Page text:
Impacts of children with troubles on working poor families: mixed-method and experimental evidence.
|Title||Impacts of children with troubles on working poor families: mixed-method and experimental evidence.|
|Publication Type||Journal Article|
|Year of Publication||2003|
|Authors||Bernheimer, LP, Weisner TS, Lowe ED|
|Date Published||2003 Dec|
|Keywords||Adaptation, Psychological, Child, Child Behavior Disorders, Child, Preschool, Culture, Educational Status, Family, Female, Humans, Infant, intellectual disability, Male, Socioeconomic Factors|
Mixed-method and experimental data on working poor families and children with troubles participating in the New Hope anti-poverty experimental initiative in Milwaukee are described. Sixty percent of these families had at least one child who had significant problems (learning, school achievement and/or behavior, home behavior, retardation, other disabilities). Control group families with children who had troubles had more difficulties in sustaining their family routine than did New Hope experimental families. In the context of the many other challenges these parents face, adaptation to children with troubles does not stand out as sharply compared to middle-class European American families. There is less family adaptation specifically due to, or in response to, the troubled child, and more adaptation to the struggles of making ends meet.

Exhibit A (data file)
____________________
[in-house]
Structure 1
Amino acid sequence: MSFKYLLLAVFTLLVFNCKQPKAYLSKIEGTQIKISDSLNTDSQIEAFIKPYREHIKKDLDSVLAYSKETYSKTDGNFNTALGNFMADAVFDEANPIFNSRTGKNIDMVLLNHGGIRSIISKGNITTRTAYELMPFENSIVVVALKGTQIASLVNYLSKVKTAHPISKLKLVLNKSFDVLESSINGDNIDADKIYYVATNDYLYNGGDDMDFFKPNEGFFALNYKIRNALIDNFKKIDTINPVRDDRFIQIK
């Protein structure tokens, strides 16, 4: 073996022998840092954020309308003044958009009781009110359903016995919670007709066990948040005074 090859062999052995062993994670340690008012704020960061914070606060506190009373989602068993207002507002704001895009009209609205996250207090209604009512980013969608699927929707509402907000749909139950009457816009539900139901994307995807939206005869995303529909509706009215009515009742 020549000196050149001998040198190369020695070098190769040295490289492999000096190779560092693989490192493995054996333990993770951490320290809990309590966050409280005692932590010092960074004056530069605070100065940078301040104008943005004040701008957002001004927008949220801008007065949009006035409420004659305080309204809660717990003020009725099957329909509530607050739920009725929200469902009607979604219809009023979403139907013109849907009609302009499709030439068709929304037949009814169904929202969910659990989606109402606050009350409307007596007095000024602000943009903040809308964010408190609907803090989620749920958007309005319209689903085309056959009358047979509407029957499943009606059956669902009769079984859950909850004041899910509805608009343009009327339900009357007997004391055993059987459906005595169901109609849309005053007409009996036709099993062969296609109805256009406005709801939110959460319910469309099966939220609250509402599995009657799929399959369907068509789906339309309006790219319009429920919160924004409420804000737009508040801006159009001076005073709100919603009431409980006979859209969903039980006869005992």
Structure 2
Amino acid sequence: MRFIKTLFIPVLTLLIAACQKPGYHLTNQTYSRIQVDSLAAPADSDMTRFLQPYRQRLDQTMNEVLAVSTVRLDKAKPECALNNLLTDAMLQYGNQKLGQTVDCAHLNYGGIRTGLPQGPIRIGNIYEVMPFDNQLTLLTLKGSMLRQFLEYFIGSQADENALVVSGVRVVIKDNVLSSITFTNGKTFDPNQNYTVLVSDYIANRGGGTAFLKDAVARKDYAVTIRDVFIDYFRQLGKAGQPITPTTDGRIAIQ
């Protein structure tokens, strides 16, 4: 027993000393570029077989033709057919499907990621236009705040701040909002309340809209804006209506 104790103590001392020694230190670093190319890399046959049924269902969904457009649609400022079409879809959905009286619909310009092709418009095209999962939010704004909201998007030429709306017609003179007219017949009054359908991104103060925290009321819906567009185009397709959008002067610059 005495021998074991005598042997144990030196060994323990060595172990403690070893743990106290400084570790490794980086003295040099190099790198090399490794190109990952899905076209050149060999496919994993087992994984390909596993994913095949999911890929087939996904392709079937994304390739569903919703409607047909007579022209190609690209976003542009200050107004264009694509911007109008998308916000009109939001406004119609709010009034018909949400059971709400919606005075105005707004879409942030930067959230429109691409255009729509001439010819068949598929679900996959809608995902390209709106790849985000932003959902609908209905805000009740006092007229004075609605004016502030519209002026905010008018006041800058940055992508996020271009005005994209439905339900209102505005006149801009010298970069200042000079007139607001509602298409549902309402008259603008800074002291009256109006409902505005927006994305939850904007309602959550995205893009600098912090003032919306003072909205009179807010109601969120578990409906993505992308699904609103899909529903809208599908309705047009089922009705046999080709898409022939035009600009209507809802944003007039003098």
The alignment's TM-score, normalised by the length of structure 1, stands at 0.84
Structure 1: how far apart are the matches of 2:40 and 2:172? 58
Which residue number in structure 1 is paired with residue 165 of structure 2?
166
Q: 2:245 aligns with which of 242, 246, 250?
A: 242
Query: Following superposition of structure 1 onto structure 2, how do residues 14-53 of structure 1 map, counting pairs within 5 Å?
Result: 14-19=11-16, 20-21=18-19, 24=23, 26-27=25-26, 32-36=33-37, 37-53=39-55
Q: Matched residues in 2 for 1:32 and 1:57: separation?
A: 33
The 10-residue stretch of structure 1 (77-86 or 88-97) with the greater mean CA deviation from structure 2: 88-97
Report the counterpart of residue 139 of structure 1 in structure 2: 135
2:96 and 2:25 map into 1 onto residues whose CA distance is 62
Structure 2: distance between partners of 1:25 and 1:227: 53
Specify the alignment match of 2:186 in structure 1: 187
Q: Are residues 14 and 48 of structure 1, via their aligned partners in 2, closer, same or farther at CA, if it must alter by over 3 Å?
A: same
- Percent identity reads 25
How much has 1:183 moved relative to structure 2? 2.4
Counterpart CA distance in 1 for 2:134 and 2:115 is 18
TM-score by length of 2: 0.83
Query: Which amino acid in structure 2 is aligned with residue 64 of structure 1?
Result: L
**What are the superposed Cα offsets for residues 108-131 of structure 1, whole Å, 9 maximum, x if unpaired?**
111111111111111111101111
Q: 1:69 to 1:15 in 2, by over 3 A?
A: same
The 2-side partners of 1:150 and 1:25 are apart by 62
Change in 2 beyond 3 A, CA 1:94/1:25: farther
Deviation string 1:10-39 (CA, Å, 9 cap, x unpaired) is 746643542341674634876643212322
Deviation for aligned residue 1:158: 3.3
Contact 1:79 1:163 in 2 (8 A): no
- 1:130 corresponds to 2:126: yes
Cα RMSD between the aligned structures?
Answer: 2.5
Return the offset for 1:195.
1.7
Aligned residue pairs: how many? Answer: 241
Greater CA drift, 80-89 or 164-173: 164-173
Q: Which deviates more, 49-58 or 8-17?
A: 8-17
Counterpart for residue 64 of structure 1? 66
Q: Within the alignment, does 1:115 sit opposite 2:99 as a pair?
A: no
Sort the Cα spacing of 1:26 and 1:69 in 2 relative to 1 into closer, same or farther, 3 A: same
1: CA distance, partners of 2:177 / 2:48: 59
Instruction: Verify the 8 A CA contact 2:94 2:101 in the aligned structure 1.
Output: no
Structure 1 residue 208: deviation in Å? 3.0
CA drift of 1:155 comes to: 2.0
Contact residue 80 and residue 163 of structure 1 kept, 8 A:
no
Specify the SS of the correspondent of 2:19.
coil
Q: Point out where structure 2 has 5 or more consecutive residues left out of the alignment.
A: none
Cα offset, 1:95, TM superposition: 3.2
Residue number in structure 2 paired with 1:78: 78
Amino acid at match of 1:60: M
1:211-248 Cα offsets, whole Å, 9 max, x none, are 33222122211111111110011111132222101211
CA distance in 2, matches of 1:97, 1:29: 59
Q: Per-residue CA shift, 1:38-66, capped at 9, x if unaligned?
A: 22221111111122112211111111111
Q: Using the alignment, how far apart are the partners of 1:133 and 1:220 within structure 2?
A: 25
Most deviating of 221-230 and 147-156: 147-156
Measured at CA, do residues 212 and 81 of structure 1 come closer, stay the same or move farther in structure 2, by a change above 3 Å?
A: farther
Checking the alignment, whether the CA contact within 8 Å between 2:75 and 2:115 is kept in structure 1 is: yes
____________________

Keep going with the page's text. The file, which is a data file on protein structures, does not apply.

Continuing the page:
|Alternate Journal||Ment Retard|